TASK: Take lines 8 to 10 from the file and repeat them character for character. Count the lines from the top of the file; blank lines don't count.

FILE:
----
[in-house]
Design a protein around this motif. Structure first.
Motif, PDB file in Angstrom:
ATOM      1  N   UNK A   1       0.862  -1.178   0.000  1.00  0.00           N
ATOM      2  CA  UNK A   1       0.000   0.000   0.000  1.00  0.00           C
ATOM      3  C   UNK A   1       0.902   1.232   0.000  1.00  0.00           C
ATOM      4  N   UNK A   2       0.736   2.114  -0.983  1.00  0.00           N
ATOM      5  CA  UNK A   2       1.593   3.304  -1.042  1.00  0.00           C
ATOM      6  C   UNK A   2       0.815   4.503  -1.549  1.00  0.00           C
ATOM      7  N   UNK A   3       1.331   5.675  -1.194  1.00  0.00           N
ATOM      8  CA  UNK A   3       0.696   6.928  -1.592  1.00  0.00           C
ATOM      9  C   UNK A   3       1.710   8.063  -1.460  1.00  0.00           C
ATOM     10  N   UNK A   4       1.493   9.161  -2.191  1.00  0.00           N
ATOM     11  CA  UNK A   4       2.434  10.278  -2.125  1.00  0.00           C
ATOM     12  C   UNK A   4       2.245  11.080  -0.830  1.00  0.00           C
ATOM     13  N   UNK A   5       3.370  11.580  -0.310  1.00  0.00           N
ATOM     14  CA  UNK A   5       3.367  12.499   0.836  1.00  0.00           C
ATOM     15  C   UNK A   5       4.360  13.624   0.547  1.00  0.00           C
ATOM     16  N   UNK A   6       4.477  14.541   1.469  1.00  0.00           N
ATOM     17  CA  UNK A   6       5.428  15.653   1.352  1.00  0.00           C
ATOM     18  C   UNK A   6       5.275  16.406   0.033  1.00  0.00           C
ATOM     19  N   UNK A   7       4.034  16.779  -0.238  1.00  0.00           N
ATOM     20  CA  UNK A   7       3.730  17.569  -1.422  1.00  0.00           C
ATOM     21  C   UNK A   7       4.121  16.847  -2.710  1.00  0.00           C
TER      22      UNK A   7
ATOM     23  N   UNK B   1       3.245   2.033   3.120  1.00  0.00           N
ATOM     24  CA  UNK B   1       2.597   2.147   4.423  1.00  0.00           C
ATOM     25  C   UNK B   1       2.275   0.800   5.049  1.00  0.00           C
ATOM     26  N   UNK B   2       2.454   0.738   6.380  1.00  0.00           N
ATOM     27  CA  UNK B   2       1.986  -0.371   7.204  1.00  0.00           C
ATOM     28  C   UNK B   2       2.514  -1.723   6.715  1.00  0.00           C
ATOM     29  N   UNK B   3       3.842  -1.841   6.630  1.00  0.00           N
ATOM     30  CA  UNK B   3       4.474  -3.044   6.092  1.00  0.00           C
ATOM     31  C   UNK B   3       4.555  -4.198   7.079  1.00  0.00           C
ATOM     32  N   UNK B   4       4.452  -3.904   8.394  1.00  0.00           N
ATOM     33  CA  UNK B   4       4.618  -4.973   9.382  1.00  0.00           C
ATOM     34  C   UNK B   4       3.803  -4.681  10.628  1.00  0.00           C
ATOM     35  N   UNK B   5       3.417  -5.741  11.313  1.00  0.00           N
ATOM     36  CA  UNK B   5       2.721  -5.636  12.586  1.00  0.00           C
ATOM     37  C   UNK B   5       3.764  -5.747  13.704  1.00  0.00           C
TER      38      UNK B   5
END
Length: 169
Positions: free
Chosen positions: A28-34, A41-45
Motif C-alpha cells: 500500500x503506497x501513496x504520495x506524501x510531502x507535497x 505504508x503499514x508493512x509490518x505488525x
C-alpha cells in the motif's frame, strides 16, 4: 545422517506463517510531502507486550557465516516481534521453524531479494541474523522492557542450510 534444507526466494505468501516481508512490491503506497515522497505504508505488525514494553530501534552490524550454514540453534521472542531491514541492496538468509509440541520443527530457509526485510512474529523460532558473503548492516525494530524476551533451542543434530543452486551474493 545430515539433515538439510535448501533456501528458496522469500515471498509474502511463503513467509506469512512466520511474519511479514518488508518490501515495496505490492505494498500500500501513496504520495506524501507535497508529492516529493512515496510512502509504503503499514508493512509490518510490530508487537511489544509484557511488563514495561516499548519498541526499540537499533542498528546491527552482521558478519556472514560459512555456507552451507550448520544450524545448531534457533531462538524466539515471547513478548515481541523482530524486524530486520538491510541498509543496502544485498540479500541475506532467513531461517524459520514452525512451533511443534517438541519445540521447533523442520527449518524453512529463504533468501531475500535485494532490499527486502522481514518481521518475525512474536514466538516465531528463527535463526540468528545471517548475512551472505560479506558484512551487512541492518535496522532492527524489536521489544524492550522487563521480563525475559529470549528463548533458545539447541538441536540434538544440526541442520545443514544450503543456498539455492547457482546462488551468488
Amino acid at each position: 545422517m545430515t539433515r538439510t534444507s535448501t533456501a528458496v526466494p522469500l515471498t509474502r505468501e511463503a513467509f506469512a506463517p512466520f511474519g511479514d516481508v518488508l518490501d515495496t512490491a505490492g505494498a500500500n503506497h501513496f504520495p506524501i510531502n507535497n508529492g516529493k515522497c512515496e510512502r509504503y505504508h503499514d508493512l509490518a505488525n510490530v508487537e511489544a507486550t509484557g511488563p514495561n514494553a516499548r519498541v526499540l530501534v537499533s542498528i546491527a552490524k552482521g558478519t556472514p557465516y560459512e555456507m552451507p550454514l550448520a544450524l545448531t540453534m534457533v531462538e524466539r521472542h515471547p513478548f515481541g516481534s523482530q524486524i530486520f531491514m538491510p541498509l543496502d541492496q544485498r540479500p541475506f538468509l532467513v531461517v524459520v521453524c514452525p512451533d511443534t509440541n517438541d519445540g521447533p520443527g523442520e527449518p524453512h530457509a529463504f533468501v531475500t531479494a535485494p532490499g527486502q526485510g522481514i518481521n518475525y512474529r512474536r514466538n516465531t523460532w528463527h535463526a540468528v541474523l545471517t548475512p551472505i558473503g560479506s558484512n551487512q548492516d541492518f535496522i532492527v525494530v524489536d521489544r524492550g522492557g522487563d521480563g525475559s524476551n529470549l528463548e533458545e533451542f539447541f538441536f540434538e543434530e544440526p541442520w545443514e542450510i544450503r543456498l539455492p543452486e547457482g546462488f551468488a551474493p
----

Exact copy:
ATOM      5  CA  UNK A   2       1.593   3.304  -1.042  1.00  0.00           C
ATOM      6  C   UNK A   2       0.815   4.503  -1.549  1.00  0.00           C
ATOM      7  N   UNK A   3       1.331   5.675  -1.194  1.00  0.00           N